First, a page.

Once you have your report created, create a user updater. From the Users or Reports tab, choose "User Updaters" from the sidebar menu, then add a user updater. Use the report you created in the previous step.

If you want to run your user updater now, you can click "Save and Run Now" to begin. You can also schedule it to be run automatically at the time you specify.

When your user updater runs, it works just like an upload. Users who match your report will have their custom user fields updated with your report data.


  • Allowed User Fields must be created in advance, or your upload will fail. They will NOT be auto-created as needed.
  • Behind the scenes, user updaters run uploads on an internal import page, set to skip action creation. This is why your report's column names are so important -- they're how we know who should be updated and what data to put where.
  • Reports cannot have duplicate column names.
  • Reports can only be associated with one user updater at a time.
  • Reports that accept parameters can be used with user updaters, but only ones that are run manually. Scheduled user updaters cannot use parameters.
  • User updaters that are not on a schedule are only run when you run them manually.


  • You cannot update any fields except for custom user fields with user updaters. For example, you cannot update address1 with a user updater.
  • No users are created.
  • No actions are created.
  • Subscription status is not changed.
  • Language is not changed.
  • Tags will not be applied.
  • Users can be added to/removed from user groups, using any of the columns: group, group_id, group_remove, group_id_remove
  • The user's updated_at timestamp is not modified.

Adding / Removing Users to/from User Groups

To add a user to a user group, you can use either the group or group_id column (not both). Groups must be created in advance before adding users to them.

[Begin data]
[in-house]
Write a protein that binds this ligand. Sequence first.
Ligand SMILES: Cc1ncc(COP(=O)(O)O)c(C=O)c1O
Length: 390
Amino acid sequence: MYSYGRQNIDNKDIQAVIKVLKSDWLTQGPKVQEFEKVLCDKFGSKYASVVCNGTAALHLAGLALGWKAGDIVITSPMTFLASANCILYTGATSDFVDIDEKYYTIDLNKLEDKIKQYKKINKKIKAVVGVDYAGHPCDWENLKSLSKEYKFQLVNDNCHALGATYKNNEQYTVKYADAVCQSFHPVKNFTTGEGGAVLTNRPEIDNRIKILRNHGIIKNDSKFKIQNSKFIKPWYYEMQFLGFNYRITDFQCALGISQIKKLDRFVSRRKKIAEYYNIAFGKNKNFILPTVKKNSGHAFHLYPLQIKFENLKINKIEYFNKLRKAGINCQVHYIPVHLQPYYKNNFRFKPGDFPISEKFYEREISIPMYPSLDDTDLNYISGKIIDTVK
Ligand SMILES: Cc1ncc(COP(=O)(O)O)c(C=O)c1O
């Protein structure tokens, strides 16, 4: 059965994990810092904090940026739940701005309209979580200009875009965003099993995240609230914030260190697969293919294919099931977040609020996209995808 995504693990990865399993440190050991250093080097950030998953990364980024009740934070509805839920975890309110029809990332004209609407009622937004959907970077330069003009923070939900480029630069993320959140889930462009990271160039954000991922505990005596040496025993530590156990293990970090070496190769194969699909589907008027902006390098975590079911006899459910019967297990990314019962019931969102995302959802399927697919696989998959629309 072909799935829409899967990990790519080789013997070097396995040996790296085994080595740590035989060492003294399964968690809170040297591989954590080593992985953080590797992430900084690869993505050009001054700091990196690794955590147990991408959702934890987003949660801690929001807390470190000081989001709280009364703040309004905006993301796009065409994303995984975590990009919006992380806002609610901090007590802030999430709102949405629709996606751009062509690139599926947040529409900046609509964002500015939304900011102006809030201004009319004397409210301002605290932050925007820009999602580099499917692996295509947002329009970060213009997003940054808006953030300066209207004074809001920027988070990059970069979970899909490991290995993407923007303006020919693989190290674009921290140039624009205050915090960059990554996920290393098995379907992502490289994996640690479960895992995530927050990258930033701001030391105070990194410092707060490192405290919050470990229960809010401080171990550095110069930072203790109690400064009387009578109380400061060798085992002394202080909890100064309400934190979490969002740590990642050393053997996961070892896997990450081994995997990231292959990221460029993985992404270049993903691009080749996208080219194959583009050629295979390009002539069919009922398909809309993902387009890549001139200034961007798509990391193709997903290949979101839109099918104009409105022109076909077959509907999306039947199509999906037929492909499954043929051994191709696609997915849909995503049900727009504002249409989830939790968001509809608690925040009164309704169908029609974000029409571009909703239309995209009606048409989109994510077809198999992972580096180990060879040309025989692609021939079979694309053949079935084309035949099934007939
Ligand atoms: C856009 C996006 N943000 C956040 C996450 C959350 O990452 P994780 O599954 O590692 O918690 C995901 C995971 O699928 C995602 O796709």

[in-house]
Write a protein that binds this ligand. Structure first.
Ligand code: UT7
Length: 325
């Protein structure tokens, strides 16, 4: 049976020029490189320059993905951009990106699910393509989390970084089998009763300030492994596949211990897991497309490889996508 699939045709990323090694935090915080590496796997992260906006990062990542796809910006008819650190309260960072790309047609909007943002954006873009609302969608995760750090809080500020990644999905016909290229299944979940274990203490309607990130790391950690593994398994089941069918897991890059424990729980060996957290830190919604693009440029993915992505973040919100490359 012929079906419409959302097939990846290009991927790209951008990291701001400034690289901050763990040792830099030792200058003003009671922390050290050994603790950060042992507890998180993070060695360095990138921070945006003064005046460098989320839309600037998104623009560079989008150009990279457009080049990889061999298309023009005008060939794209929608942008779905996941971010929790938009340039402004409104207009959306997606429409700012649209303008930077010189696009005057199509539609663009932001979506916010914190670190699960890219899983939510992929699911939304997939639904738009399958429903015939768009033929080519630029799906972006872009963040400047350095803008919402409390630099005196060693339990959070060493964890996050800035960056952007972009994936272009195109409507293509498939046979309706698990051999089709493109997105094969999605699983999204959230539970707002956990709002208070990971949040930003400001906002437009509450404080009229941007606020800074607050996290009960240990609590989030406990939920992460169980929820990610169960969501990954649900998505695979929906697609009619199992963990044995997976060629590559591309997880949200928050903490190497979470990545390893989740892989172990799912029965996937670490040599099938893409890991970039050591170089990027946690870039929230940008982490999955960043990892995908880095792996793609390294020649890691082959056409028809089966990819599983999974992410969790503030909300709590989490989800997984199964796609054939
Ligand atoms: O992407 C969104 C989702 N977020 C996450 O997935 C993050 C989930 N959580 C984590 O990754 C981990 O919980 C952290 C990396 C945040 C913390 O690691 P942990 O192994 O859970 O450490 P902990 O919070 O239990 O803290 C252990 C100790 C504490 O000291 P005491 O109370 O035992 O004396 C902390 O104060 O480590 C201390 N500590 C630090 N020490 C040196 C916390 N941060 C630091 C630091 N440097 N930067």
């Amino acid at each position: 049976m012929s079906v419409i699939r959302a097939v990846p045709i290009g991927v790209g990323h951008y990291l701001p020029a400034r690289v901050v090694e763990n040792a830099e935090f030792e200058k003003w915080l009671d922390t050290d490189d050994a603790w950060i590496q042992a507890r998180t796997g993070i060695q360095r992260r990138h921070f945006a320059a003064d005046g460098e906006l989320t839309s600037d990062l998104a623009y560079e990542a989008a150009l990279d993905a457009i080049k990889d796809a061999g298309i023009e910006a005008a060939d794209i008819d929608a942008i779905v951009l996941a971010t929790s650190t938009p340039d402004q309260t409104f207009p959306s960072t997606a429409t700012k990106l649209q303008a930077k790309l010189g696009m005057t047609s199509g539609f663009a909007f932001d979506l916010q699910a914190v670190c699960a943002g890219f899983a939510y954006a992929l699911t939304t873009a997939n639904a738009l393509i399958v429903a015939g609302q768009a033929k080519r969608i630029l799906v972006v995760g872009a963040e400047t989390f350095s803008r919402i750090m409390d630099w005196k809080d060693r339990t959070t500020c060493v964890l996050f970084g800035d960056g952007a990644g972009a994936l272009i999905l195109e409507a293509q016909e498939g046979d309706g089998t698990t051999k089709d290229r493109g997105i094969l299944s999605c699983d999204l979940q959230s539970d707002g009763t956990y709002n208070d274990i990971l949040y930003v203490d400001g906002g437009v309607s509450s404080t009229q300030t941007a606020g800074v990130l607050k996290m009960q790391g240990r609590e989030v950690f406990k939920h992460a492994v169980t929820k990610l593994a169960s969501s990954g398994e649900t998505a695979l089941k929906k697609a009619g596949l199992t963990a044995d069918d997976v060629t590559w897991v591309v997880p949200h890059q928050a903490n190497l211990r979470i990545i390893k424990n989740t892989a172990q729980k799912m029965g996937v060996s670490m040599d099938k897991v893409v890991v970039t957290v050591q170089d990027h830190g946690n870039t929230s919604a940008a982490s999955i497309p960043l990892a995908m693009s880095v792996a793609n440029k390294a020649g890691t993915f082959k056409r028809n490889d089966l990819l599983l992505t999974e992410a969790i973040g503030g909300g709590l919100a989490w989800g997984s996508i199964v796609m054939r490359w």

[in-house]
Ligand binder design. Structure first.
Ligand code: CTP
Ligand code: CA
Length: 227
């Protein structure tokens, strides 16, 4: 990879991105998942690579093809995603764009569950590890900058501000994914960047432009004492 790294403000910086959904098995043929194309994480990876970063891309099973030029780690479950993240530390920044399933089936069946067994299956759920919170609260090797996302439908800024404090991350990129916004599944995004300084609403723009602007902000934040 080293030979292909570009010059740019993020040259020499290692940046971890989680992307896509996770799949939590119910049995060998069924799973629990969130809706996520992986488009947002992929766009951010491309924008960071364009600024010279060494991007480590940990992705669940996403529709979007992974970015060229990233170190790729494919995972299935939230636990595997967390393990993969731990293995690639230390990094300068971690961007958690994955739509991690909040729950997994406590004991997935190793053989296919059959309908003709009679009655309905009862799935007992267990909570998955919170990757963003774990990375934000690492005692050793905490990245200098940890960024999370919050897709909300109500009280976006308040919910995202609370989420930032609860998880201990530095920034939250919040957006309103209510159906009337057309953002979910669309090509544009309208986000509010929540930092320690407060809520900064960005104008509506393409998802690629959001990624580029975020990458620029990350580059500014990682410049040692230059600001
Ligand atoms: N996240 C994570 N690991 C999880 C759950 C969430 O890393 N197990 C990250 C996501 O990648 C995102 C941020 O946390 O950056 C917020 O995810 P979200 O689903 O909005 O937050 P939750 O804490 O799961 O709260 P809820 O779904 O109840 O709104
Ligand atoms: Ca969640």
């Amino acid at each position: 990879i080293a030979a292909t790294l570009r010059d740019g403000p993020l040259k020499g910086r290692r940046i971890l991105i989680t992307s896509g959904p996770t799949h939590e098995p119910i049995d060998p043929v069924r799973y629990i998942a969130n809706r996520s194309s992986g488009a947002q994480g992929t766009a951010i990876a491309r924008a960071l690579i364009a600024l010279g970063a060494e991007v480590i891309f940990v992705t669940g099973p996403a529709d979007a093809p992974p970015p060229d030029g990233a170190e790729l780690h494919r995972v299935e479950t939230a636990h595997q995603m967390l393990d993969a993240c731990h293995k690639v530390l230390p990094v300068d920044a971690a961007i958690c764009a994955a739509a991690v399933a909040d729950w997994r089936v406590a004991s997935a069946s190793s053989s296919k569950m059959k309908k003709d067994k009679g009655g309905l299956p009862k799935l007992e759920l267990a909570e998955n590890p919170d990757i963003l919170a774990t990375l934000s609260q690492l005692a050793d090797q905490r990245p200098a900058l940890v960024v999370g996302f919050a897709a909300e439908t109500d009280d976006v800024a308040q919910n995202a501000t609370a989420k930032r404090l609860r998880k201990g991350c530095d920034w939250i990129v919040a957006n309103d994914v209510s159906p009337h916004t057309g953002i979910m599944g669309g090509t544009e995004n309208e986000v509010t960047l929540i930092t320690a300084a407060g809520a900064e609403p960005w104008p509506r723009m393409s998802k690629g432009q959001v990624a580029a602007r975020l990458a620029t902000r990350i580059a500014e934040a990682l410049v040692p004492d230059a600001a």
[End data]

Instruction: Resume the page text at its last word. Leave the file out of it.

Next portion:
• group needs to match the name of a user group.
  • group_id needs to match the ID of a user group.

To remove a user from a user group, you can use either the group_remove or group_id_remove column (not both).

  • group_remove needs to match the name of a user group.
  • group_id_remove needs to match the ID of a user group.


To make it easier to troubleshoot problems with user updaters, we have a built-in report Recent User Updater Status. Running it will show you the following columns:

  • job -- the ID of the report_user_updater job that ran
  • created_at -- timestamp of when the job ran
  • user_updater_status -- whether the report_user_updater job successfully ran. If this fails, we won't even try to start the upload.
  • upload_status -- whether the report_user_updater_upload job successfully ran. Most commonly, this will fail with header_failed if you are missing an Allowed User Field or if your column names don't meet the rules.
  • upload_id -- the ID of the Upload
  • line_count -- how many lines (including the header) were in the report results. Subtract 1 to get the number of users this affects.
  • upload_header -- which fields were used to identify and update users. This is especially important to check if your upload had the header_failed error, as it usually means that you have an invalid field here, haven't created an allowed user field, or are otherwise not adhering to the column name validation rules.


If you're using a user updater with a custom user field that allows multiple values, be warned that using a user updater will delete that user's existing entries for that field, if they exist.